The Cat and the Canary (image 1)

The Cat and the Canary never blows a single scene. The moments of suspense are terrifying, the comedy scenes are uproarious, and the love scenes between Annabelle and Paul are unequivocally flawless.

Jenn Dlugos, Classic Horror

Screened as part of NZIFF 2009

The Cat and the Canary 1927

Directed by Paul Leni

Beautifully restored print of Paul Leni's 1927 silent classic in which a young woman must spend the night alone in a creepy gothic mansion. Accompanied by the exhilarating score (with theremin) composed by Festival guest Neil Brand, conducted by US maestro Timothy Brock.

USA In English
80 minutes 35mm / Tinted

Director

Screenplay

Robert F. Hill
,
Alfred A. Cohn
,
Walter Anthony

Photography

Gilbert Warrenton

With

Laura La Plante
,
Creighton Hale
,
Tully Marshall
,
Forrest Stanley
,
Gertrude Astor
,
Flora Finch

Elsewhere

The Festival, in conjunction with the Vector Wellington Orchestra, brings you the rare opportunity to experience Paul Leni's 1927 haunted house classic, The Cat and the Canary, accompanied by the exhilarating score composed by 2009 Festival guest Neil Brand [see Neil Brand The Silent Pianist Speaks and The Black Pirate]. Perfectly capturing the dizzy events of this hilariously spooky tale, the score will be played by musicians from the Vector Wellington Orchestra conducted by US maestro Timothy Brock. A particular highlight will be a rare performance on the theremin, one of the earliest electronic instruments to be invented – and possibly the eeriest. Theremin players are thin on the ground – it takes a lot of skill to play an instrument that you don't actually touch.

The film starts, naturally, on a wild and stormy night at a Gothic mansion. Exactly 20 years after his death, Cyrus West's eccentric relatives have been summoned for the reading of his will. Considered mad by his family while he was alive, West has taken the opportunity to wreak revenge from the grave by disinheriting his next of kin. Instead, he's chosen his distant relative Annabelle West – so long as she can be proven to be of sound mind after spending a night in the creepy house. If she's not, the money will go to a secret heir named in an envelope held by the lawyer, Mr Crosby. As soon as he's dropped his bombshell, Crosby disappears – removed from the proceedings by a disembodied hand. The disgruntled guests are left in an uproar, suspicious of every bump and squeak, and of Annabelle in particular: she too fears for her own safety. After interruptions all night by unwelcome guests – including a cat-like claw which appears from nowhere and steals her diamond necklace – Annabelle must undergo a sanity test given by a sinister doctor. Is she mad? Is there a murderer at large? Does the ghost of Cyrus West still walk?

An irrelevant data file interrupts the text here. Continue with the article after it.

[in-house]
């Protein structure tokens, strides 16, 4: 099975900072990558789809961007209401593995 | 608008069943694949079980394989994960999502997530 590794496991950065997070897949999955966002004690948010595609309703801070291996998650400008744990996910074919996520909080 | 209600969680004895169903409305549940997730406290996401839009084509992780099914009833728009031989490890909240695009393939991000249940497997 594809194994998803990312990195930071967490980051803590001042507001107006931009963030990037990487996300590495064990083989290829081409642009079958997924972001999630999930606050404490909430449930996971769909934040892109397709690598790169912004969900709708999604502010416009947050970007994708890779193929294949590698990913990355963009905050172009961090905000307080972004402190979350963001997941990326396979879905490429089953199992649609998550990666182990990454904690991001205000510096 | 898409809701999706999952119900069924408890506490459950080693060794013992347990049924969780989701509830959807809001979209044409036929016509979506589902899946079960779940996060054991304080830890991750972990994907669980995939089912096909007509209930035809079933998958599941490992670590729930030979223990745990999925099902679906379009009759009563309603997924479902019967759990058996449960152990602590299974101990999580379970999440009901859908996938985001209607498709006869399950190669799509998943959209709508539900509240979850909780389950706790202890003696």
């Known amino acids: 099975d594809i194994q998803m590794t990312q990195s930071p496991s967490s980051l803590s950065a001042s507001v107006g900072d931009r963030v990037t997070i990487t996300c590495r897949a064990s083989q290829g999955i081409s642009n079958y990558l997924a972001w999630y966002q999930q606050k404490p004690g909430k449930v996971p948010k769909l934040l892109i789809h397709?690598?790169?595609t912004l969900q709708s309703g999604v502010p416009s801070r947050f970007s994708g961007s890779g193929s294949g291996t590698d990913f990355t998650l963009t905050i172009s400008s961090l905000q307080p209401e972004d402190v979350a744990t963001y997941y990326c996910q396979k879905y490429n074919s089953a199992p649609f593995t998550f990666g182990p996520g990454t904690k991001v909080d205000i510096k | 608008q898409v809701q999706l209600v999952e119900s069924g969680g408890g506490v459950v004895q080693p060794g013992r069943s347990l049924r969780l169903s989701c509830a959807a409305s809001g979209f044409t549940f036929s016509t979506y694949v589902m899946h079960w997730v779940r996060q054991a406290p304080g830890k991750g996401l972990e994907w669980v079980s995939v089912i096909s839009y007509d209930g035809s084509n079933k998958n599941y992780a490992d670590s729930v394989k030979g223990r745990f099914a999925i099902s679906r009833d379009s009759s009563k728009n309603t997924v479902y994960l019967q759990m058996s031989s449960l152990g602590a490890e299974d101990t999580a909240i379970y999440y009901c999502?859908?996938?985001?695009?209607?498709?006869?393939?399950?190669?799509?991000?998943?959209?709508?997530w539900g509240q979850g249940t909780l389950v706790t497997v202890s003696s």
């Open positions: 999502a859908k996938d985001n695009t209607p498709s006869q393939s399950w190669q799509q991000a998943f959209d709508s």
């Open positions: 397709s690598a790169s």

Director Paul Leni was an accomplished German art director prominent in the Expressionist movement before being invited to Hollywood in 1926. The Cat and the Canary was originally a wordy stage play by John Willard. In his adaptation Leni had to rely on creating a sense of mood and mystery through set design and camera work, rather than spoken dialogue. This he does magnificently with the turreted mansion, the panelled gallery of family portraits, secret passages, cobwebs, billowing curtains and flickering shadows. The film was so successful that it became the prototype for Hollywood Gothic, the atmospheric, architectural style adopted by Universal in their classic horror movies of the 1930s such as Dracula, Frankenstein and The Mummy.

Since the premiere of his Piano Concerto in G minor (1980) at the age of 17, Timothy Brock has been an active composer and conductor who has specialised in concert works of the early 20th century and silent film. In 1999 he was asked by the Los Angeles Chamber Orchestra, in cooperation with the Chaplin Estate, to restore and reconstruct for live performance Charlie Chaplin's 1936 score for Modern Times. This led to an enduring involvement in the reconstruction and international performance of Chaplin's scores – and brought him to the Festival for the first time in 2000. In 2001, on a commission from the Festival, he restored the 1929 manuscript of Dmitri Shostakovich's only silent film work, New Babylon, and gave that restored score's live cinematic premieres in Auckland and Wellington. Subsequently he has conducted this work in many performances throughout Europe. In 2007 he was commissioned to restore the last of the great Chaplin features, The Gold Rush, which he will perform in Auckland on 26 July before returning to Wellington to conduct Neil Brand's score for The Cat and the Canary.